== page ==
- scarface_l1Scarface has accumulated double digits when it comes to albums released, and that is not including the projects he helped crank out as a member of the Geto Boys. With <em>The Diary</em>, <em>The Untouchable</em> and <em>My Homies</em> each earning a platinum plaque while <em>Mr. Scarface Is Back</em>, <em>The World Is Yours</em> and <em>The Last of a Dying Breed</em> achieving gold ones, it is hard to understand why the Texas legend has no Grammys to his name.
Houston hip-hop legend Scarface told XXL last week that hip-hop has lost its soul, claiming that in this day and age, lyrics are being dumbed down because everyone is so focused on turning up.
“I feel like our music was dumbed down,” the Houston legend said in a phone interview, echoing a number of his peers who have vocalized similar frustrations recently. “I grew up listening to great music that molded my character and my artistry, that helped me. You got to look at it. Look at the music that came out 25 years ago. Now match it up to the music that came out today. There’s no comparison to it. I go back to the same question that I always ask. Who stole the soul?”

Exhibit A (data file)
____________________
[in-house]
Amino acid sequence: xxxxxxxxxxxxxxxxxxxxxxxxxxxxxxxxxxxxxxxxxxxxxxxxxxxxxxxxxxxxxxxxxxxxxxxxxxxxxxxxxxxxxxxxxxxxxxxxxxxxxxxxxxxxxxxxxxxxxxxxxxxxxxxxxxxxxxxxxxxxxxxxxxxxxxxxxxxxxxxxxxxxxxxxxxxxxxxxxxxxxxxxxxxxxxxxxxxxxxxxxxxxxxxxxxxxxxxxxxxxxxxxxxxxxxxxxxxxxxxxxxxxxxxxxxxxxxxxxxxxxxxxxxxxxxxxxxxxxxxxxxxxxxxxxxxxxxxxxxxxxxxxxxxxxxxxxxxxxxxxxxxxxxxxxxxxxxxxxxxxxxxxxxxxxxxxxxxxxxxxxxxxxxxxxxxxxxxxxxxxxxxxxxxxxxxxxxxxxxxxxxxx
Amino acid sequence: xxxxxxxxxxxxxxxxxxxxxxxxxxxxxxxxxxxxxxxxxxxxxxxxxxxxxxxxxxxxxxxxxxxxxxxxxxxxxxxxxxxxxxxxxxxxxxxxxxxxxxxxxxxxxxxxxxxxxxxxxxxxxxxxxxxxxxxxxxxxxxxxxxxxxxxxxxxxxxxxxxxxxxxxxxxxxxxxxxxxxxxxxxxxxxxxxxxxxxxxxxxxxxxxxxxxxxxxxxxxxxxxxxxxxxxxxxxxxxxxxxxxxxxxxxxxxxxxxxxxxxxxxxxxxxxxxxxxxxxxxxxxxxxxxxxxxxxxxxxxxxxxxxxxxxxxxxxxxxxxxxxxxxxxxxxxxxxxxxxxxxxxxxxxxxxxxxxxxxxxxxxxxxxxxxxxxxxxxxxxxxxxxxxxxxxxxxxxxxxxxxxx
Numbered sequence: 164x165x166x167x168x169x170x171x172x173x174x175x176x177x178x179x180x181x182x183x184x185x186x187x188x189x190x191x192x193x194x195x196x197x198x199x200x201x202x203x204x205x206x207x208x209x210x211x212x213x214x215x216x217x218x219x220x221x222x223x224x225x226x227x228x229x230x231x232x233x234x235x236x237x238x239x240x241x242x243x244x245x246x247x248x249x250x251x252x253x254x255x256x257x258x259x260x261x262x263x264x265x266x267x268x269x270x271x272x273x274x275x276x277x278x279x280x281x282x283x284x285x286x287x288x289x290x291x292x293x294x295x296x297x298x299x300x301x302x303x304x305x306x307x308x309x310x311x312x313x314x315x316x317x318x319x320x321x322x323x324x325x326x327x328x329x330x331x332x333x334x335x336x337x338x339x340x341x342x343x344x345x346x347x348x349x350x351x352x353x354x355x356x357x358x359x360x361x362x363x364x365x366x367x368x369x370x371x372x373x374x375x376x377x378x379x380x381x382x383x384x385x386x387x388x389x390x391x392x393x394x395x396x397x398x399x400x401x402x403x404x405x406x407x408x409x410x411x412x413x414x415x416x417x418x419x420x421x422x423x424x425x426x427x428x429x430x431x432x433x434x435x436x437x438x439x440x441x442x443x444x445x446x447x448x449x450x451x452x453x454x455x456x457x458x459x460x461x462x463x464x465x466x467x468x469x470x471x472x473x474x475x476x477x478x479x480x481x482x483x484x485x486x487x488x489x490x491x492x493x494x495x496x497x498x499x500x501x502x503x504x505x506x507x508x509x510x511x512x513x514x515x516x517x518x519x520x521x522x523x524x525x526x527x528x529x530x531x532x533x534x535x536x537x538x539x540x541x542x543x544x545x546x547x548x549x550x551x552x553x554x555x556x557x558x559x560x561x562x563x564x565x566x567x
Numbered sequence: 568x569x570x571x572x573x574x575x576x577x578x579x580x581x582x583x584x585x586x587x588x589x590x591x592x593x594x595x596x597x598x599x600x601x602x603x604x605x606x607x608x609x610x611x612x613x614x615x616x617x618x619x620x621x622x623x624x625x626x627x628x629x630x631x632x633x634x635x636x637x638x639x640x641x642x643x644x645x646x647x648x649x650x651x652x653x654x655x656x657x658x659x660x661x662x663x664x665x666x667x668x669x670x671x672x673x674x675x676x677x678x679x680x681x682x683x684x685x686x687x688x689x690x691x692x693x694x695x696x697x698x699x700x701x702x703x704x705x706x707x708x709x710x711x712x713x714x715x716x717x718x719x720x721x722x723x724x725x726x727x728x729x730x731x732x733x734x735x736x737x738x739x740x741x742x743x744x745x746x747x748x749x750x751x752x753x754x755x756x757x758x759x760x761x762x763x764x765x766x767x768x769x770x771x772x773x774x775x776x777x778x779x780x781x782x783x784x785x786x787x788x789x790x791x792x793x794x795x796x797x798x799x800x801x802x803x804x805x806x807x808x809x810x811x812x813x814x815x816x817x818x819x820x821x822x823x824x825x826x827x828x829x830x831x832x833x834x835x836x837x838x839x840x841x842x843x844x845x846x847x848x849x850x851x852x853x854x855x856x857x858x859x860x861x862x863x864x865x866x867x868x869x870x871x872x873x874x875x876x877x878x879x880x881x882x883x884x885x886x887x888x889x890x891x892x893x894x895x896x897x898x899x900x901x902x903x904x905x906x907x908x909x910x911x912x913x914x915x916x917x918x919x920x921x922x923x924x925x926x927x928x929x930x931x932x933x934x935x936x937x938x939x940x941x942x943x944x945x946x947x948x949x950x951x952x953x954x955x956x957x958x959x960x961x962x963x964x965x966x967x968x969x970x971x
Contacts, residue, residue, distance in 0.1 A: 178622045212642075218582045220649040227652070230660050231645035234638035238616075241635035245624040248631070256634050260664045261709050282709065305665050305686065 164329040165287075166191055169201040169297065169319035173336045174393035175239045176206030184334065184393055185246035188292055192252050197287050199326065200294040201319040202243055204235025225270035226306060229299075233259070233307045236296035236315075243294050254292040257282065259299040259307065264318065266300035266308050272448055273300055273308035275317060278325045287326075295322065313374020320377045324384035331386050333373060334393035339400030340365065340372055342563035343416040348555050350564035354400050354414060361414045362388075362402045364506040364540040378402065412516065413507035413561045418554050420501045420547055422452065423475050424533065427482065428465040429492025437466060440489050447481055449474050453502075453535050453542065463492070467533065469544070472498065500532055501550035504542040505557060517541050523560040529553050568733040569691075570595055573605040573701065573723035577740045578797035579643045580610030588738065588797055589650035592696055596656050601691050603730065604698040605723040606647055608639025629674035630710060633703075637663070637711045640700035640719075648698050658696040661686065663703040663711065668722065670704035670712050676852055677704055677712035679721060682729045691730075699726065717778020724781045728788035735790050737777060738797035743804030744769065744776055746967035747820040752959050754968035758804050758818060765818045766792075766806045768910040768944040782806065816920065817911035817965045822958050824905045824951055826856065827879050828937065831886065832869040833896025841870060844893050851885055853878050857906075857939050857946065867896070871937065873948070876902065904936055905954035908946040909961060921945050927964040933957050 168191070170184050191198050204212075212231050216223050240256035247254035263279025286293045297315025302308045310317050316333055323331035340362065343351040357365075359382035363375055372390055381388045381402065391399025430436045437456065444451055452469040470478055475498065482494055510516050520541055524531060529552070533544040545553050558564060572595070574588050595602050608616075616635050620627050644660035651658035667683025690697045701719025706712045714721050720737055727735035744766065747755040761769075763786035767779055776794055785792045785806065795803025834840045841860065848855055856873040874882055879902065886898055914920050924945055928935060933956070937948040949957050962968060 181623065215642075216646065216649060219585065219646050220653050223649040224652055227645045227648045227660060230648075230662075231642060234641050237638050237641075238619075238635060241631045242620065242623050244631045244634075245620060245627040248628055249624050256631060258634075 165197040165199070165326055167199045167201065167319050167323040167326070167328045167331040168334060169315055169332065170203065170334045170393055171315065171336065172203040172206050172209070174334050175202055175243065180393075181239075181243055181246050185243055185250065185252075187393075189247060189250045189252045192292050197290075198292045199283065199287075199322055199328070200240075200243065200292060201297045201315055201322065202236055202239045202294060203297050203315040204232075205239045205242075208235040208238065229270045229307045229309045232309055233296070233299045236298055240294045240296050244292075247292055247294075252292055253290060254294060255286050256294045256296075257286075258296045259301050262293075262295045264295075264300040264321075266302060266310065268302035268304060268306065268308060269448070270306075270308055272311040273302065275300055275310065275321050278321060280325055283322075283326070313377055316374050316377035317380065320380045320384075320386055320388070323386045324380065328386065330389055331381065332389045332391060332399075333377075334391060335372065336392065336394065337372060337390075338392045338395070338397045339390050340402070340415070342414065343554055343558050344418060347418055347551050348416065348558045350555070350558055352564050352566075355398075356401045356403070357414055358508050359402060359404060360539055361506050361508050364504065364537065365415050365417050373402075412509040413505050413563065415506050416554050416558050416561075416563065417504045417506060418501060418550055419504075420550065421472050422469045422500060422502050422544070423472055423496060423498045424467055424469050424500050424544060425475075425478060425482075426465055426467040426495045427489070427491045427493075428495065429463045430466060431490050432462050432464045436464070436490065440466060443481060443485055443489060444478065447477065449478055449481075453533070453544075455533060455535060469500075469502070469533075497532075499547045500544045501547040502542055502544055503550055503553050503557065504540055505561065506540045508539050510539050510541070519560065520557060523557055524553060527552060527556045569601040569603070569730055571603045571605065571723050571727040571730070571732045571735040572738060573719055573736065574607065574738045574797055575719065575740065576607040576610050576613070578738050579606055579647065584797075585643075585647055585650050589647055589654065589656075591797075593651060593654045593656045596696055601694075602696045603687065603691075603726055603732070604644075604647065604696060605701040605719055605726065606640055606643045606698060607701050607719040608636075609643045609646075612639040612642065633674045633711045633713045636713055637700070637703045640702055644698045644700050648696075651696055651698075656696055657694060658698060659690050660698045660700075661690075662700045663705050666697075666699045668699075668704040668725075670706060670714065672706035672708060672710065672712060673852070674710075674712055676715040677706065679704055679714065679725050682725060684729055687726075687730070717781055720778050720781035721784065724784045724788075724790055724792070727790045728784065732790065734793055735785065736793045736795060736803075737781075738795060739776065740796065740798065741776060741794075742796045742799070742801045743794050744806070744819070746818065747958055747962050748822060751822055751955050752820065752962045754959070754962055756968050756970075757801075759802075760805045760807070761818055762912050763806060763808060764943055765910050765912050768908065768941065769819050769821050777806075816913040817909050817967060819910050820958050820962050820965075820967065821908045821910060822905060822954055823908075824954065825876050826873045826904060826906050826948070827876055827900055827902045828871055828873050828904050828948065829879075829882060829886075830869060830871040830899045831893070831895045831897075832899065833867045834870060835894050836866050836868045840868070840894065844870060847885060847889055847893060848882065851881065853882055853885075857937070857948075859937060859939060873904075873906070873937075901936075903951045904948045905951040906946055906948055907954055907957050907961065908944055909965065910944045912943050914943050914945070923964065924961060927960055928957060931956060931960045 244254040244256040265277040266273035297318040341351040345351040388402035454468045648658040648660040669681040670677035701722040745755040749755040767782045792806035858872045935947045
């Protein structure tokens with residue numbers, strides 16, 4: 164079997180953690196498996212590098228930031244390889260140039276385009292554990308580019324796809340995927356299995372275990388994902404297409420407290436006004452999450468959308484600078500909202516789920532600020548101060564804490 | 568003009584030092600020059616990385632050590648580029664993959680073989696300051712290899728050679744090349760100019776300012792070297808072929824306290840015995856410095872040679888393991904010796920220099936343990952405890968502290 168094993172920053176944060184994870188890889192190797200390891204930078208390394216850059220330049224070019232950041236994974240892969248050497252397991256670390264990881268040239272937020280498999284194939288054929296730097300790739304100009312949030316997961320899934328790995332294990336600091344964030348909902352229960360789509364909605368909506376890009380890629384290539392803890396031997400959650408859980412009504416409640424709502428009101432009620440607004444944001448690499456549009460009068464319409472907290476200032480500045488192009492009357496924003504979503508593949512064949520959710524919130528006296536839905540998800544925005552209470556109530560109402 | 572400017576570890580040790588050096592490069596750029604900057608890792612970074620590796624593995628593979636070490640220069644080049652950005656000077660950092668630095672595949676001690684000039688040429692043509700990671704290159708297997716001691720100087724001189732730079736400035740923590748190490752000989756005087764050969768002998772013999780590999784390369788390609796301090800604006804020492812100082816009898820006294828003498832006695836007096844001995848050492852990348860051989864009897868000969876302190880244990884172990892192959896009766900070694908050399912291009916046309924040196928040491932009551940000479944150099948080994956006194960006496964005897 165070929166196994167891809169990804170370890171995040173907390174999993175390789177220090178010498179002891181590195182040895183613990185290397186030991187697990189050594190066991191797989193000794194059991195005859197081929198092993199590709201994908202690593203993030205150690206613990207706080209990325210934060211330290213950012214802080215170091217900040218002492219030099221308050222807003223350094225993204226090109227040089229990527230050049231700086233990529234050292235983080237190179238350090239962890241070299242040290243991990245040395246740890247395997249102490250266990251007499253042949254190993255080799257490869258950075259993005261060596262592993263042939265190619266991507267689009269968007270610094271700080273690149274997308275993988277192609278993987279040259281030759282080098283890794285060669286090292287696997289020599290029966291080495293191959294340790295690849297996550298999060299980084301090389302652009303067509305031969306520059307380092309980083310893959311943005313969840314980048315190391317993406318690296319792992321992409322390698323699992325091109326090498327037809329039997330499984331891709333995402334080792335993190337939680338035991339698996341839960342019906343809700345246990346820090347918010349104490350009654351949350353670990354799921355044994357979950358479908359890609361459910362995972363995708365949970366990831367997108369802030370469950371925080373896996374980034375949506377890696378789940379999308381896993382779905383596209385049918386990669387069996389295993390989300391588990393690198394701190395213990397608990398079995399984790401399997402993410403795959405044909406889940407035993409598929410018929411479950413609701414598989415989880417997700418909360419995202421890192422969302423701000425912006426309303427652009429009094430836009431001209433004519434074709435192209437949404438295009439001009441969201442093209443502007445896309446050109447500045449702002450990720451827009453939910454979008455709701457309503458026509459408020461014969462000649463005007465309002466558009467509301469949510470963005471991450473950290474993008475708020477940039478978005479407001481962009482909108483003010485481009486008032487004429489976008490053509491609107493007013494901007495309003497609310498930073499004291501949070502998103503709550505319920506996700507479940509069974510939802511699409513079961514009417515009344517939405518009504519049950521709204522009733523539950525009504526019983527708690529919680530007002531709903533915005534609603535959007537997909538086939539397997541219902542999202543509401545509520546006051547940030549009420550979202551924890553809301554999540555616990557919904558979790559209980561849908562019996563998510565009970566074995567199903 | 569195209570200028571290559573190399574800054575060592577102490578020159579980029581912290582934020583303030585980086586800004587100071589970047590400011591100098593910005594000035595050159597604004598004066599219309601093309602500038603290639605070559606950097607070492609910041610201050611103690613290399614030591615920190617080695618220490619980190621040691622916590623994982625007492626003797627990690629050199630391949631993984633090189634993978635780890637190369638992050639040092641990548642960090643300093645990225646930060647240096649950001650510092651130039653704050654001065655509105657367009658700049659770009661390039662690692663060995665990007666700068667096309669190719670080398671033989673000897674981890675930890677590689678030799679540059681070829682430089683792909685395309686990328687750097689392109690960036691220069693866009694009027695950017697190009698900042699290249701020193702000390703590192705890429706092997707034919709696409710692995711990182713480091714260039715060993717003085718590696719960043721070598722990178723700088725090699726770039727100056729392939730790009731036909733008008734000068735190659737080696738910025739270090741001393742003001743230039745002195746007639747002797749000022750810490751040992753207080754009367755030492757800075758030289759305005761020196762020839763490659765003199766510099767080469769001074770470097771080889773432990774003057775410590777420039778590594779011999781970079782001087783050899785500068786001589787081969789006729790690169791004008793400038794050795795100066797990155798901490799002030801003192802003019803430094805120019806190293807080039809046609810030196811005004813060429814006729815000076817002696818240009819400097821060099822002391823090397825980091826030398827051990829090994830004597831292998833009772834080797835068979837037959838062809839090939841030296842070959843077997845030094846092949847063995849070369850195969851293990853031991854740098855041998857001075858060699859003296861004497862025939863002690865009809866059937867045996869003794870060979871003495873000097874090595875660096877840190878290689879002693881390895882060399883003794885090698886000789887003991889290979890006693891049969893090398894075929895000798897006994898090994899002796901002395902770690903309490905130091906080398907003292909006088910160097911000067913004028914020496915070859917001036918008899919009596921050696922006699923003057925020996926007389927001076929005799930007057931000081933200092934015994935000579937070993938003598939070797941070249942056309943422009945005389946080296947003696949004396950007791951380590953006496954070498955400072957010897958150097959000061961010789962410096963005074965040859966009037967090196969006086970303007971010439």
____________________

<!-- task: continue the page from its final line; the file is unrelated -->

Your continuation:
It’s a question that is asked repeatedly from many of the old guard of hip-hop, as lyricism is eroded in favor of easy hooks and club bangers. And Scarface is not alone. Over the past few years, a number of hip-hop veterans have questioned the state of the genre compared to their own glory days. XXL has compiled a list of a few of those who have made their issues public in recent months, from Big Daddy Kane to Chuck D to Nas.
Previously: Scarface Feels Hip-Hop Today Has No Soul